An Ode to Vampire’s Kiss

I want to start off by saying that I don’t actually know what an ode is, but it felt like a good title. I think it’s some kind of poem, but this will not be written in lyrical format. You can read it like that if you want though. Who am I to deny you the simple pleasure of reading my writing as if I was a 1600s bard delivering the good news about Nicolas Cage to you.

When people think about Nicolas Cage, they often think of National Treasure. And, fair enough. It’s a great movie, he’s nuts in it, and he steals both the Declaration of Independence and the hearts of America. I can’t blame people for thinking that this is Nic Cage’s best work because they just haven’t been exposed to enough of the rest of his filmography.

I started a podcast with two of my best friends in January, and we are watching all of Cage’s movies in chronological order and reviewing each one. Being a part of The Wicker Men (shameless plug: go rate, subscribe, download, leave a review, listen to every episode, tell your friends, whatever else you think would make us the huge stars we should be) has been a pretty incredible experience so far. Going into the podcast, I’d seen probably about 55% of his work, and that number keeps rising with each new episode. But the more I watch, the more I’m convinced that there will never be a better film made than Vampire’s Kiss.

I remember being in high school the first time I watched Vampire’s Kiss and having my mind completely blown. I’d never seen anything quite like it. It’s the only movie that I’ve ever watched and then immediately restarted to watch it again. I’ve shown countless friends this movie over the years, and it never gets old. I would conservatively estimate that I’ve seen Vampire’s Kiss 13 times, and I pick up on something new each and every one. That’s the mark of a great movie to me. It’s a timeless classic that keeps getting better with every single watch.

Oh hey, what are those two mimes doing on that empty street? Why is Nic Cage talking like he stuffed a full box of Kleenex up his nose? Did he just say that bat gave him an erection? These are some of the unanswerable questions that you’ll have running through your mind while you watch this movie. And guess what? The answers don’t matter. All that matter is that you’re going along for the ride of your life.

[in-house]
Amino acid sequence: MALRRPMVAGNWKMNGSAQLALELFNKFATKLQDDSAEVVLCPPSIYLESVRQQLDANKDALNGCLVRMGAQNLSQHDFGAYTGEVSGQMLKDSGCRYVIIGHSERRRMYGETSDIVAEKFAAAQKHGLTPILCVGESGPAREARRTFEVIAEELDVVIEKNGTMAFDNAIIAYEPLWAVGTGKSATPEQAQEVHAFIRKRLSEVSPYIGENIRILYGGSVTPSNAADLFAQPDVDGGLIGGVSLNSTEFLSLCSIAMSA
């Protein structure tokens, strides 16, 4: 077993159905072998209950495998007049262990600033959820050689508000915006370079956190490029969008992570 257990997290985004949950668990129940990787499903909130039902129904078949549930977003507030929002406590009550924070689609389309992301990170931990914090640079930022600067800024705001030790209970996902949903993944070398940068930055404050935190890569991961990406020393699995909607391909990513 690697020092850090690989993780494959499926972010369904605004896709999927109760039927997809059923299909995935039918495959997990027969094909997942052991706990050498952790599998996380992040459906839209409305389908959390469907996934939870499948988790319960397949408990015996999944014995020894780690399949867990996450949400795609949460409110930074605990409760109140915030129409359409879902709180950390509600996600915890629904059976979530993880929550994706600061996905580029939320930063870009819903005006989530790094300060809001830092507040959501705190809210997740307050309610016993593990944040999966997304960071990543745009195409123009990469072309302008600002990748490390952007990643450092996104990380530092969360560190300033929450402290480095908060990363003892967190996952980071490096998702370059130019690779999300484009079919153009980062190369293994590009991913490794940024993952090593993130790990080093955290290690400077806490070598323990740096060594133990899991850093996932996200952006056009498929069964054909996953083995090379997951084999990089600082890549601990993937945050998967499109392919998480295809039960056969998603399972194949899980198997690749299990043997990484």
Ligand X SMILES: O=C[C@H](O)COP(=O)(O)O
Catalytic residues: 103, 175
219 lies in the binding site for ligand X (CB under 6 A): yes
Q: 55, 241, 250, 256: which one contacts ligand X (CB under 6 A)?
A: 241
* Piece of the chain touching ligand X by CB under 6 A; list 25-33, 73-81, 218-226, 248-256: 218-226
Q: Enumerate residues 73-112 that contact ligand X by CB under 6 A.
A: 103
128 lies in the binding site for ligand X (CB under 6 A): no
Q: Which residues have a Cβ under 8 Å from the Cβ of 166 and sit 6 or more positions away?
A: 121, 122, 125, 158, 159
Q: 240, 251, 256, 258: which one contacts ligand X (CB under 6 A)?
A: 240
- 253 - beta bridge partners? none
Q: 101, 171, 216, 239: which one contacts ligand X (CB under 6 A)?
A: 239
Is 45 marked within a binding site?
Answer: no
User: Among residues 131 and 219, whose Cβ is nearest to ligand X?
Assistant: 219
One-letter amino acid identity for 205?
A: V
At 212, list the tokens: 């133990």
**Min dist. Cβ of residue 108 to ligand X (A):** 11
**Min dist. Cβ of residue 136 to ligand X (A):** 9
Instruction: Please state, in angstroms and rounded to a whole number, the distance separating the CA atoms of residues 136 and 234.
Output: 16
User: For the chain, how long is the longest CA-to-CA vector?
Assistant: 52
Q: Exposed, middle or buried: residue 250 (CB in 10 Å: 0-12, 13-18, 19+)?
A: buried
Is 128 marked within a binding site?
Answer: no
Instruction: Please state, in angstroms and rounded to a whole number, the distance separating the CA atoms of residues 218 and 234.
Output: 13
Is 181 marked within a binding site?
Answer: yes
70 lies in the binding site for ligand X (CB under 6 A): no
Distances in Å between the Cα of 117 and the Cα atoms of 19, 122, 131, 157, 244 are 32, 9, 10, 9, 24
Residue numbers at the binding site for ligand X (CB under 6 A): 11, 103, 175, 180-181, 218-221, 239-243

It’s going to be hard to give you the gist of the film in a few short sentences, and when have you ever known me to do something hard? I’m just going to embed the trailer instead.

That trailer seem bananas? It’s not even half as crazy as the actual movie. It was like director Robert Bierman just told Cage to do whatever the hell he wanted whenever the hell he wanted to do it in the movie. It bounces all over the place from Cage thinking he’s a vampire to telling people he’s “Peter Loooowwwww” to screaming at his secretary Alva because she’s the lowest on the proverbial totem pole.

Yes, Cage is a maniac. Yes, he recites the entire alphabet for some reason (see below) and eats a cockroach and wears plastic vampire teeth. But he also does a great job of *sometimes* subtly showing a man that is truly losing his mind. He is slipping from reality throughout this movie, and there a few great scenes of him trying to keep it together as a suave businessman but completely losing his grip on reality behind the facade. Christian Bale modeled part of his Patrick Bateman character in American Psycho after Cage’s performance in this. Does Bale do a better job at it? Definitely. But Cage shows flashes of what could have made this movie more like American Psycho. But if he had toned down his performance, we would have missed out on so much greatness. Please go watch this movie and savor what will be the best 103 minutes of your life (or 206 if you choose to instantly rewatch it like I did).

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